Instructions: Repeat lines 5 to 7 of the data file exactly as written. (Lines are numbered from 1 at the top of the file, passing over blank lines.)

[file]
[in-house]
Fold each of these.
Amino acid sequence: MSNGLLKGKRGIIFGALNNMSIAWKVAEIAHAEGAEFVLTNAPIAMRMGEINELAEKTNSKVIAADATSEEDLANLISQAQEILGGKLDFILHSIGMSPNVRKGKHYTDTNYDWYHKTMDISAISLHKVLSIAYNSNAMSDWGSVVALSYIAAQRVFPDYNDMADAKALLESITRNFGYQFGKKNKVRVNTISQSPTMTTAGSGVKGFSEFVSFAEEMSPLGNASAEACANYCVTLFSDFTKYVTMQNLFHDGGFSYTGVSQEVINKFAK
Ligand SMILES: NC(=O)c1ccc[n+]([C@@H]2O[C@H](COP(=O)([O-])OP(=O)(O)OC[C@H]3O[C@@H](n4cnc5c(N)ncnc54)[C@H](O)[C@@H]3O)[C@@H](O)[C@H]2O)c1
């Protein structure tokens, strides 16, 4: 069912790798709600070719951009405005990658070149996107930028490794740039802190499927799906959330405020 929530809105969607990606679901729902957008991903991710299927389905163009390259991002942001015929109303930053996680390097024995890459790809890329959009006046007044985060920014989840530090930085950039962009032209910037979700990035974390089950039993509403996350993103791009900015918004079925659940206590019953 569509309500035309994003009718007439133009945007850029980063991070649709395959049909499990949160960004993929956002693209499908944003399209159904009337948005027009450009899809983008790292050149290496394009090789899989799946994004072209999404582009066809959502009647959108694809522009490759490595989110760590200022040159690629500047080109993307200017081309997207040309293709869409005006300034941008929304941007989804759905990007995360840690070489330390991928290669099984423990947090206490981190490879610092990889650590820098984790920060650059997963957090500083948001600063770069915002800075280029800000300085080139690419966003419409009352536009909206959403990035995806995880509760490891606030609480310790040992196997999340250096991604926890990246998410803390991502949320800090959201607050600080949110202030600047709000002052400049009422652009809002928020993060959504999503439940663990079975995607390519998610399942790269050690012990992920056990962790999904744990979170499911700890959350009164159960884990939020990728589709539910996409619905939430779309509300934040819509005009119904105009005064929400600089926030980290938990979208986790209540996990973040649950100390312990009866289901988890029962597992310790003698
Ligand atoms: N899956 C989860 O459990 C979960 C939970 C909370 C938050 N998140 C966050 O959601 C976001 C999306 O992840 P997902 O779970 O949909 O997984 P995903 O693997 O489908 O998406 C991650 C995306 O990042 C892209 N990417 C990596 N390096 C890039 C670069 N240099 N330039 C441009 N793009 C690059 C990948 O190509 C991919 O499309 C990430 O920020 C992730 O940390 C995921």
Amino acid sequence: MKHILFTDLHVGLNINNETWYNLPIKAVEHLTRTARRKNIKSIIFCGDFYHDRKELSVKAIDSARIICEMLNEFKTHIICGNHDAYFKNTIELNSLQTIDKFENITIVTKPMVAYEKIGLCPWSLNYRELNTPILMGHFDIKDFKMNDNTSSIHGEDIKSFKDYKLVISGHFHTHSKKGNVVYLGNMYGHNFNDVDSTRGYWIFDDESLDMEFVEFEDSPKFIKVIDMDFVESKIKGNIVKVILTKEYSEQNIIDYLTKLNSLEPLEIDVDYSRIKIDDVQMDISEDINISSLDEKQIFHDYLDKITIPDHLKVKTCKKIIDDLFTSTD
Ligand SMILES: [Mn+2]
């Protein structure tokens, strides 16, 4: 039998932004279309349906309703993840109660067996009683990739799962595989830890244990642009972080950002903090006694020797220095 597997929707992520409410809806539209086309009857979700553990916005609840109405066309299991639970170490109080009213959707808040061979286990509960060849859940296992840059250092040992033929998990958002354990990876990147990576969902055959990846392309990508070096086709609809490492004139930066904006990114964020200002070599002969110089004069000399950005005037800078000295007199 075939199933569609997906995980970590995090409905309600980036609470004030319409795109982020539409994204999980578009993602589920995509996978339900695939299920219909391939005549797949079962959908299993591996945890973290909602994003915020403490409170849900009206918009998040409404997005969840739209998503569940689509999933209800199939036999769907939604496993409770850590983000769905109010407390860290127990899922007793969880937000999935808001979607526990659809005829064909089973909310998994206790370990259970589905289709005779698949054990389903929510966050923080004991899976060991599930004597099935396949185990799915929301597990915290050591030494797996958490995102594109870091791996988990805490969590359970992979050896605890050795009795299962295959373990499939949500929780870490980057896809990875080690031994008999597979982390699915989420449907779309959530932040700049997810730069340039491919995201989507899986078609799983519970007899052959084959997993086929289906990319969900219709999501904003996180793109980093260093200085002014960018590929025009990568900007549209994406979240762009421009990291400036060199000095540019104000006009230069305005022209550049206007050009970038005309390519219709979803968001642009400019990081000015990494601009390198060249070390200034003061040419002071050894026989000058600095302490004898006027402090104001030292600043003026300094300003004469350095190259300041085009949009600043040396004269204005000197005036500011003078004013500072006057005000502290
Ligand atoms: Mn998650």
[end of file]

């Protein structure tokens, strides 16, 4: 069912790798709600070719951009405005990658070149996107930028490794740039802190499927799906959330405020 929530809105969607990606679901729902957008991903991710299927389905163009390259991002942001015929109303930053996680390097024995890459790809890329959009006046007044985060920014989840530090930085950039962009032209910037979700990035974390089950039993509403996350993103791009900015918004079925659940206590019953 569509309500035309994003009718007439133009945007850029980063991070649709395959049909499990949160960004993929956002693209499908944003399209159904009337948005027009450009899809983008790292050149290496394009090789899989799946994004072209999404582009066809959502009647959108694809522009490759490595989110760590200022040159690629500047080109993307200017081309997207040309293709869409005006300034941008929304941007989804759905990007995360840690070489330390991928290669099984423990947090206490981190490879610092990889650590820098984790920060650059997963957090500083948001600063770069915002800075280029800000300085080139690419966003419409009352536009909206959403990035995806995880509760490891606030609480310790040992196997999340250096991604926890990246998410803390991502949320800090959201607050600080949110202030600047709000002052400049009422652009809002928020993060959504999503439940663990079975995607390519998610399942790269050690012990992920056990962790999904744990979170499911700890959350009164159960884990939020990728589709539910996409619905939430779309509300934040819509005009119904105009005064929400600089926030980290938990979208986790209540996990973040649950100390312990009866289901988890029962597992310790003698
Ligand atoms: N899956 C989860 O459990 C979960 C939970 C909370 C938050 N998140 C966050 O959601 C976001 C999306 O992840 P997902 O779970 O949909 O997984 P995903 O693997 O489908 O998406 C991650 C995306 O990042 C892209 N990417 C990596 N390096 C890039 C670069 N240099 N330039 C441009 N793009 C690059 C990948 O190509 C991919 O499309 C990430 O920020 C992730 O940390 C995921």
Amino acid sequence: MKHILFTDLHVGLNINNETWYNLPIKAVEHLTRTARRKNIKSIIFCGDFYHDRKELSVKAIDSARIICEMLNEFKTHIICGNHDAYFKNTIELNSLQTIDKFENITIVTKPMVAYEKIGLCPWSLNYRELNTPILMGHFDIKDFKMNDNTSSIHGEDIKSFKDYKLVISGHFHTHSKKGNVVYLGNMYGHNFNDVDSTRGYWIFDDESLDMEFVEFEDSPKFIKVIDMDFVESKIKGNIVKVILTKEYSEQNIIDYLTKLNSLEPLEIDVDYSRIKIDDVQMDISEDINISSLDEKQIFHDYLDKITIPDHLKVKTCKKIIDDLFTSTD